Sometimes God calls a woman to the highest level of leadership in a crisis moment. As the Israelites settled into the Promised Land, they often strayed from faith in the Lord. Human sacrifice, ritual prostitution, and other practices often replaced the worship of the Lord. When this happened, God allowed neighboring nations to conquer Israel. When someone would cry out to God for deliverance, the Lord would raise up a leader to organize a military campaign to throw off the oppressor. We meet Deborah in such a time, when the northern tribes in Israel were cruelly oppressed by King Jabin and his superior military might.
We first see Deborah in her day-job as judge over all the people of the land. The Bible tells us that Deborah was both a prophet and a judge, a wise woman: "she used to sit under the palm of Deborah between Ramah and Bethel in the hill country of Ephraim; and the Israelites came up to her for judgment" (Judges 4:4-5). But hearing about the oppression of the two tribes in the north, Deborah the prophet stepped into a different leadership role. In her hill country safety she could have ignored the plight of the Israelites in the northern flat lands under Jabin's conquest. But an ezer woman who has the ability to come to the aid of the helpless will do so.
She commanded Barak (a northerner) to raise an army of 10,000 armed men whom God would use to defeat the superior forces of King Jabin. It happened that Jabin had nine hundred iron chariots and Israel had none; Israel's soldiers were seriously outgunned. God had given Deborah the prophet a battle plan, but nervous Barak insisted that Deborah stand by his side during the battle or he wouldn't take on the assignment. Some Christians have the notion that men shouldn't work under a woman's direction, but here Barak and Deborah made a successful team with Deborah as his leader.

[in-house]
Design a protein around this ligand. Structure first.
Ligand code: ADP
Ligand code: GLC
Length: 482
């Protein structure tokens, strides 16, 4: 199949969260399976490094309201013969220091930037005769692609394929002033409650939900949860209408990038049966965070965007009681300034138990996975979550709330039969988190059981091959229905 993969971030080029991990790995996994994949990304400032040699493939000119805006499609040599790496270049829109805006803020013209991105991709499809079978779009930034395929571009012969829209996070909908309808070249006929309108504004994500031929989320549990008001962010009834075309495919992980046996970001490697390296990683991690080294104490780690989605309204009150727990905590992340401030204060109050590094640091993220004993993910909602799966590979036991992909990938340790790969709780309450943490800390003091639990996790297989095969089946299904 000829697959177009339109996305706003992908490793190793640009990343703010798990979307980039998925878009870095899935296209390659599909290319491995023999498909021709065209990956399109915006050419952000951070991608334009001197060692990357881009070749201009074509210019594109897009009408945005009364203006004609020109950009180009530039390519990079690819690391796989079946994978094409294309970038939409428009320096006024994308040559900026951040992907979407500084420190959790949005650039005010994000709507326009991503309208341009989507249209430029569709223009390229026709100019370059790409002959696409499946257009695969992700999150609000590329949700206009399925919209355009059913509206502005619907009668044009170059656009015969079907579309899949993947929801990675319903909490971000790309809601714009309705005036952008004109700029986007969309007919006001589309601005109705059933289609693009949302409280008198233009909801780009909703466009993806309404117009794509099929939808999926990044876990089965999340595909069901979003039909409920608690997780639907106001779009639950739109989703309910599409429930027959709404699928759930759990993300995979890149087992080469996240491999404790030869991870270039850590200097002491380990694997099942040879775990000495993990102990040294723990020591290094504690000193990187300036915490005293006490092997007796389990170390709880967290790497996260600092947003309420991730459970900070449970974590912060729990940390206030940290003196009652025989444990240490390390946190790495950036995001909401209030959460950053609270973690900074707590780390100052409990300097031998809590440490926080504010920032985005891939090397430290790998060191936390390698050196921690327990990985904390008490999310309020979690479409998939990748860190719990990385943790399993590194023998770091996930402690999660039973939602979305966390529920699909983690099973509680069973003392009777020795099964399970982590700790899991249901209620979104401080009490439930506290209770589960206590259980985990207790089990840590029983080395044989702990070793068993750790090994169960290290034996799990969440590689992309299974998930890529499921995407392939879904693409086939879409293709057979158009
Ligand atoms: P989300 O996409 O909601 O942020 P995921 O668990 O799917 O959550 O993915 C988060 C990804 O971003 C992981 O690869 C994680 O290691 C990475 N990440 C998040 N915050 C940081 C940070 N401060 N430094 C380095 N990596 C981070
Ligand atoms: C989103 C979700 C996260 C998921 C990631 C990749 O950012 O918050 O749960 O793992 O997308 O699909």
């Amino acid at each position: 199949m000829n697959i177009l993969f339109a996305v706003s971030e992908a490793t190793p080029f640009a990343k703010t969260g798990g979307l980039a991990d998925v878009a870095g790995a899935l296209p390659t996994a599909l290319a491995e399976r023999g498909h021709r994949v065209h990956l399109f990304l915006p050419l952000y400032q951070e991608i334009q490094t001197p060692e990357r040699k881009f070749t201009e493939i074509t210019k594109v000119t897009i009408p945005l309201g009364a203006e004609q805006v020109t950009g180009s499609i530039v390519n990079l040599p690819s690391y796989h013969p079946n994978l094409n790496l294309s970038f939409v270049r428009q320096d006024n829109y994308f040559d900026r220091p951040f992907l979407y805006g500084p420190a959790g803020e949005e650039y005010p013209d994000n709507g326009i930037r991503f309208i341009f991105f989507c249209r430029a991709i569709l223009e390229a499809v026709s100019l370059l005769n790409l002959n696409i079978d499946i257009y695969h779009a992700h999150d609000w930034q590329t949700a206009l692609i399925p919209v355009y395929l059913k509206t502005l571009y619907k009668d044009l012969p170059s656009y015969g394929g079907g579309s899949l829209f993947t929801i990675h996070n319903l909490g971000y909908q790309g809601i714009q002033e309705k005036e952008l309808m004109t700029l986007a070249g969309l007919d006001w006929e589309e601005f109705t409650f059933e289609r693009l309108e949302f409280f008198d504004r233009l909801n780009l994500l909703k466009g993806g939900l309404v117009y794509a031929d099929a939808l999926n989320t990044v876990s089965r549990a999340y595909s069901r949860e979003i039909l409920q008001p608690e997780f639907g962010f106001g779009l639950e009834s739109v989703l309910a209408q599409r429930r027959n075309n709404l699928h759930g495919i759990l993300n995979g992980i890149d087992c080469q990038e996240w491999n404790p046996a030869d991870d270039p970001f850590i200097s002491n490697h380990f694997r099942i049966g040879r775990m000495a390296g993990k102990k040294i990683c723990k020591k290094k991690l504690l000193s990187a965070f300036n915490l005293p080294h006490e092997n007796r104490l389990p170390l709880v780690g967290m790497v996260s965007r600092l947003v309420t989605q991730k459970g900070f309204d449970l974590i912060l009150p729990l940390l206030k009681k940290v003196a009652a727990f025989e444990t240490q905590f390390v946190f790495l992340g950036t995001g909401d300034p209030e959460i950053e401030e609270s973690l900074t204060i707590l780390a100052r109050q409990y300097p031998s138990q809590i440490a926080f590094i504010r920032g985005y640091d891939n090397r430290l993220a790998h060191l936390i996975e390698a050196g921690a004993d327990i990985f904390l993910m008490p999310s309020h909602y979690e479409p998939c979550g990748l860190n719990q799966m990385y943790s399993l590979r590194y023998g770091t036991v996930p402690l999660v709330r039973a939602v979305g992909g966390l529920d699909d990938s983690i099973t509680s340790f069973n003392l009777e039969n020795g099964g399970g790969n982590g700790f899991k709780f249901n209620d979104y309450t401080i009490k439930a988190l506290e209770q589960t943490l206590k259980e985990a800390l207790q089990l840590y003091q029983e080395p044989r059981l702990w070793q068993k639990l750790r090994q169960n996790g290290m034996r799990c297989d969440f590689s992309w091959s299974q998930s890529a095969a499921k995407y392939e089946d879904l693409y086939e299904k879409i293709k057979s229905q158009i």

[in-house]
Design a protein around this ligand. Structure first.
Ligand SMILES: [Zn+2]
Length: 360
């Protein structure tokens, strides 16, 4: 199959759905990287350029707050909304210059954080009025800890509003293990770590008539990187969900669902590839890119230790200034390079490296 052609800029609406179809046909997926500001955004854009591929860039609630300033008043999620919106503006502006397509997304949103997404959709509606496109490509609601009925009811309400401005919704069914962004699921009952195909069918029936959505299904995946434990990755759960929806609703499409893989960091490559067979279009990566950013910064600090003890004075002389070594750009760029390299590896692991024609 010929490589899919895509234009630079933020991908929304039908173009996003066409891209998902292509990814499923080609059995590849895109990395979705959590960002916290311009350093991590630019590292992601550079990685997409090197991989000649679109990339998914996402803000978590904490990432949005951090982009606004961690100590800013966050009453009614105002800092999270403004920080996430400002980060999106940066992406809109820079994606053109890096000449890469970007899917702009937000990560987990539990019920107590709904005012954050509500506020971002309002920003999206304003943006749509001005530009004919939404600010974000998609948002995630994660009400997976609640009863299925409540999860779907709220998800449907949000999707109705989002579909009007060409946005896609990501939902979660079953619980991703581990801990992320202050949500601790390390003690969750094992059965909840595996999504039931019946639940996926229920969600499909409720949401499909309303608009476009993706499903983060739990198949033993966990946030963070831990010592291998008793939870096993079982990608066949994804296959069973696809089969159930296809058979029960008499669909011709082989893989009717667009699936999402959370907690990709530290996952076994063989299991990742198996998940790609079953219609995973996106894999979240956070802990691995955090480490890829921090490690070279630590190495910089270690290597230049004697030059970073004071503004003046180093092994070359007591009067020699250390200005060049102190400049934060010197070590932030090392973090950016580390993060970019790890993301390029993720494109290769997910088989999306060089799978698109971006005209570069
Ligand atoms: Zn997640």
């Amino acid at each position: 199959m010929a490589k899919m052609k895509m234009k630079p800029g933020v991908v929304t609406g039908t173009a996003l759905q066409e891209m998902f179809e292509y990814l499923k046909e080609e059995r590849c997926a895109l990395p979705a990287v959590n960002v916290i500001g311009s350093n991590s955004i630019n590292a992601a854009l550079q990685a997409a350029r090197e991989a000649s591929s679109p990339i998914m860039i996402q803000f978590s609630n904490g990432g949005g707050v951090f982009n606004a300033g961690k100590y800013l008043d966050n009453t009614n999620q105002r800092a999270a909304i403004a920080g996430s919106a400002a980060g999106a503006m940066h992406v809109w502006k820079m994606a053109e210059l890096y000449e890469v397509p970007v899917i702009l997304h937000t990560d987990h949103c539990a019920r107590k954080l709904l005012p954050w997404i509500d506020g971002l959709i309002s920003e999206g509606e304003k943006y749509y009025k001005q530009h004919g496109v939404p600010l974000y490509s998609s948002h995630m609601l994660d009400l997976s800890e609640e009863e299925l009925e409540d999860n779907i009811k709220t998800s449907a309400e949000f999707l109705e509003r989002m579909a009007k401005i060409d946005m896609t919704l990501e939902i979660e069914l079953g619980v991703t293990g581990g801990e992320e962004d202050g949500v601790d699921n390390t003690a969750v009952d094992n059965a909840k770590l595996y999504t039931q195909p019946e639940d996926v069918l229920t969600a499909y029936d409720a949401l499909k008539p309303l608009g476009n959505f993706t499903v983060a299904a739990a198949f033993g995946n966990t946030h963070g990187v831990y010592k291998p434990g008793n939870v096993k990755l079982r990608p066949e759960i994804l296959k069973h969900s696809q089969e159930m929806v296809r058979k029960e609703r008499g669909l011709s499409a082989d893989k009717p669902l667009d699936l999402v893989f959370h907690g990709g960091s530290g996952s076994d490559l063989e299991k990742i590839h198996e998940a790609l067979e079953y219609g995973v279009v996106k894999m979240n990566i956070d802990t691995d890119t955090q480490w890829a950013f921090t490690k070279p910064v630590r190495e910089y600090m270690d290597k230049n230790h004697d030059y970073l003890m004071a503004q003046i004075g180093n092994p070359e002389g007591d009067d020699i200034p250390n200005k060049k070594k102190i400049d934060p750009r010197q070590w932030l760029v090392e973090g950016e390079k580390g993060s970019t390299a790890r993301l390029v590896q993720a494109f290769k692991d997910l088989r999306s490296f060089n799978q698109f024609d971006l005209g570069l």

The ragtag Israeli army, camped on the flanks of Mount Tabor, looked down on all those iron chariots with well-equipped archers and swordsmen and knew such a battle was hopeless. But at the right moment, Deborah next to Barak shouted, "Up! The Lord is indeed going out before you!" (Judges 4:14). And as Barak's army moved down the mountain slopes God threw the enemy forces into a panic. The historian Josephus tells us that a sleet storm hit Jabin's army full in the face, blinding the archers, the chariot drivers, and their horses. The rain soon turned the plain into a muddy swamp, trapping the heavy iron chariot wheels in the mud. The nearby trickling brook Kishon overflowed its banks and flooded the land, carrying warriors out to sea in its turbulent waters. Witnessing God's deliverance, Deborah and Barak sang their praise to God: "March on, my soul, with might!" (Judges 5:21).
In the book of Judges, Deborah is the model leader, equal to the greatest leaders of Israel. No other judge was also called a prophet, indicating how closely Deborah resembles Moses and Joshua. As a prophet she had an unshakable faith in God, which gave her strength to lead her people. She knew that it was the Lord who overcame the enemy. She was merely God's instrument.
Not every man or woman is called to lead, but every woman is created by God to be an ezer, to come alongside those who are helpless without her aid. Like Deborah, our confidence is in God, not in ourselves. We too can "march on with might" because we do so in the strength of the Lord our God.
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